Ms. Abrevaya said the department would not repeat the high school exam competition. Mr. Duncan, in a conference call with reporters, noted that the winning proposals by the two larger consortia both include a high school component.
Observers caution that many challenges remain as the winning consortia begin the complex work of turning ideas into new assessment systems.
In the last few months, both groups worked to refine their governance structures and their test-design ideas. But now they move into a more complicated phase of inviting and evaluating proposals, hiring additional staff members, and juggling the dozens of people involved in the effort, from state education department officials to project managers and vendors. Even scheduling meetings—whether actual or virtual—will take on new degrees of difficulty.
“It won’t be easy getting everyone into the big tent,” said Tony Alpert, who is a co-chairman of the SMARTER Balanced consortium’s executive committee. “To put together even one meeting, we have to work across five time zones.”
The consortia will need to build the right types of expertise into their work, said Michael Cohen, the president of Achieve, a Washington-based group that is the project-management partner for the PARCC consortium. His group, for instance, will need to build capacity in project management, quality assurance, assessment development, and engagement of precollegiate and college-level education systems, among other areas, he said.
Nurturing and maintaining consensus among consortium members will be a key challenge as well, assessment experts say.
Scott Marion, the associate director of the Dover, N.H.-based Center for Assessment, said there will be plenty of nitty-gritty issues to work through. Can states agree, for instance, on what the testing window will be for all the assessment pieces? Will they all agree to the same policies in making accommodations for students with disabilities or for English-language learners?
“There are all sorts of things like that, all these nagging details when you go from ideas to operation,” said Mr. Marion, whose group helped all three consortia as they shaped their proposals.
Mr. Cohen recalled an effort nine years ago to craft a common Algebra 1 test for a group of Southern states. It didn’t take long, he said, for state assessment directors to “agree that they couldn’t agree” on a host of issues, including when to administer the test.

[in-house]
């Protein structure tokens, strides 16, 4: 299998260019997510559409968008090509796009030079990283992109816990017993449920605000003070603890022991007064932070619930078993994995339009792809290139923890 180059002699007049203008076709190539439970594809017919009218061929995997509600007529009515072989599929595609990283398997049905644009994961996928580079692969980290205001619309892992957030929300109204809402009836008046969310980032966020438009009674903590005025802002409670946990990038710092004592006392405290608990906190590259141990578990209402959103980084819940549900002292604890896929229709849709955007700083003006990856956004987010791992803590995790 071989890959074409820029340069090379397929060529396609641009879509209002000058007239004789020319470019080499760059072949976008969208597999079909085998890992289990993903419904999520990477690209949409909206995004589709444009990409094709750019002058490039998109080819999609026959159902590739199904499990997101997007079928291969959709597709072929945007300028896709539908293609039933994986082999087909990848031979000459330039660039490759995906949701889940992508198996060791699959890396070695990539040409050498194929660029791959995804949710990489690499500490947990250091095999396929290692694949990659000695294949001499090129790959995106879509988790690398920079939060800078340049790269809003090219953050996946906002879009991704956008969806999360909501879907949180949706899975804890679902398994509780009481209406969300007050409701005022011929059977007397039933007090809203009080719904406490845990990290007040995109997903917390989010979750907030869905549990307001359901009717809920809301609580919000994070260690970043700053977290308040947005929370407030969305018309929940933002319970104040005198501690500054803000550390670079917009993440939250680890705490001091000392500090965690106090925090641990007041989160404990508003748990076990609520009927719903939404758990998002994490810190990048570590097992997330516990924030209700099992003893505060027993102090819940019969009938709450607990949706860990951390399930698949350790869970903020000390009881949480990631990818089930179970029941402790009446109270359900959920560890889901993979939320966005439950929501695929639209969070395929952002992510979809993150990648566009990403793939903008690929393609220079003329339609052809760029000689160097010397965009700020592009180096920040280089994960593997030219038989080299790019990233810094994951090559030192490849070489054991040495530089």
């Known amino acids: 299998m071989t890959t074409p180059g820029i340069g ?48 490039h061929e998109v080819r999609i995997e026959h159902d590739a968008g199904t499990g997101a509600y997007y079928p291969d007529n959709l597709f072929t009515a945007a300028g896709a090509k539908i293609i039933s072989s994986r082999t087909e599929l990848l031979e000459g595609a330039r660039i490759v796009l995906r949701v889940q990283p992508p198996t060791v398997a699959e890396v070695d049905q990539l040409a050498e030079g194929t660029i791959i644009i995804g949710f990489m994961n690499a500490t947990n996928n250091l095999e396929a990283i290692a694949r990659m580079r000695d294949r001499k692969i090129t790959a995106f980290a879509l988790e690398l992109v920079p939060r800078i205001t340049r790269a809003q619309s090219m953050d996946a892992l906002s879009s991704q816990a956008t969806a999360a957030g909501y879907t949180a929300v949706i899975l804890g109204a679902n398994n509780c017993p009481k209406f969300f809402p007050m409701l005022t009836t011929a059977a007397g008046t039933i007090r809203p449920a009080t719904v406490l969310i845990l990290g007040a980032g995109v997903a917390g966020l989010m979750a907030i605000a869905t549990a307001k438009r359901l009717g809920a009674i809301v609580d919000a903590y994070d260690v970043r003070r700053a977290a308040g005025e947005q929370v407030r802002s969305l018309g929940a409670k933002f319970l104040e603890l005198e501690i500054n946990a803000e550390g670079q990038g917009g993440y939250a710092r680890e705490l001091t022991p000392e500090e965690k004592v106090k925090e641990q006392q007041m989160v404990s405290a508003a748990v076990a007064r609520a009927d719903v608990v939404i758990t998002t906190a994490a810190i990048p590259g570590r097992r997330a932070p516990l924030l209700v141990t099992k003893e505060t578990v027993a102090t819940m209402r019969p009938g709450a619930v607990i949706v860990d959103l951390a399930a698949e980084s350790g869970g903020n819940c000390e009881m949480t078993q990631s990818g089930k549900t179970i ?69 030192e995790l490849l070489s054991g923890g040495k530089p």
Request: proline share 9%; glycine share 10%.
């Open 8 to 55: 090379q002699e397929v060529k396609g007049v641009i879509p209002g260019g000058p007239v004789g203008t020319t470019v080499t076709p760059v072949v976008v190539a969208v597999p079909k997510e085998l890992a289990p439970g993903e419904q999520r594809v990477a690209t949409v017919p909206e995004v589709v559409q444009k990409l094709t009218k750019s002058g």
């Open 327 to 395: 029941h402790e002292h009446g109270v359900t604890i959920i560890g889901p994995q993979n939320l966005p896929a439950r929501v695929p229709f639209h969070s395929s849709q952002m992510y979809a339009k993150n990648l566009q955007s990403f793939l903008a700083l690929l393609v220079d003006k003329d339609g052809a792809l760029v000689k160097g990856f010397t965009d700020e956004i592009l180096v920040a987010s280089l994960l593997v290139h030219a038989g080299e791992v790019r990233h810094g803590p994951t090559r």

Another unresolved question facing the consortia concerns the extent to which states can be granted freedom to vary their approaches to the common assessments.
“It’s hard to get 30 states to agree on anything,” said Gary W. Phillips, a vice president and chief scientist at the American Institutes of Research, based in Washington. “By the nature of the states and their natural independence, they will want to have a lot of flexibility, but you can’t have things that are common and also have a lot of flexibility.”
The consortia will grapple, too, with the tension inherent in trying to use one assessment for multiple purposes, observers say.
The Education Department’s invitation to applicants sought systems of assessments that would be used to take a snapshot of students’ achievement, measure their growth over time, gauge their college and career readiness, and evaluate the effectiveness of teachers, principals, and schools. The tests are supposed to produce summative information for accountability purposes, as well as feedback to help teachers adjust instruction in real time.
“The more additional purposes you add to an assessment system, the less likely you are to be able to fulfill those additional functions well,” said W. James Popham, a professor emeritus of education at the University of California, Los Angeles, who focuses on assessment.
He added that it is possible to design a system both to evaluate schools and to provide instructional feedback to teachers, but he ventured that it will be difficult in an assessment industry dominated by “traditionalists” accustomed to making tests that compare students with one another.
As the consortia design their assessments, it is expected that Congress will rewrite the Elementary and Secondary Education Act, which is already long overdue for reauthorization. That could put the assessment consortia in the position of having to adjust their work to make their products usable for federal accountability purposes, a number of experts noted.
That is one reason why the Race to the Top assessment grants are being handled as “cooperative agreements,” Education Department officials said. That arrangement allows the state consortia to make—or the federal government to demand—changes in the work agreement in response to changing circumstances, according to those in the department and the consortia.
Rather than simply supplying “deliverables” to fulfill a grant, consortium members will have a more interactive, involved relationship with Education Department officials as they complete the cooperative agreements, consortium insiders said.
Vol. 30, Issue 03, Pages 1,18-19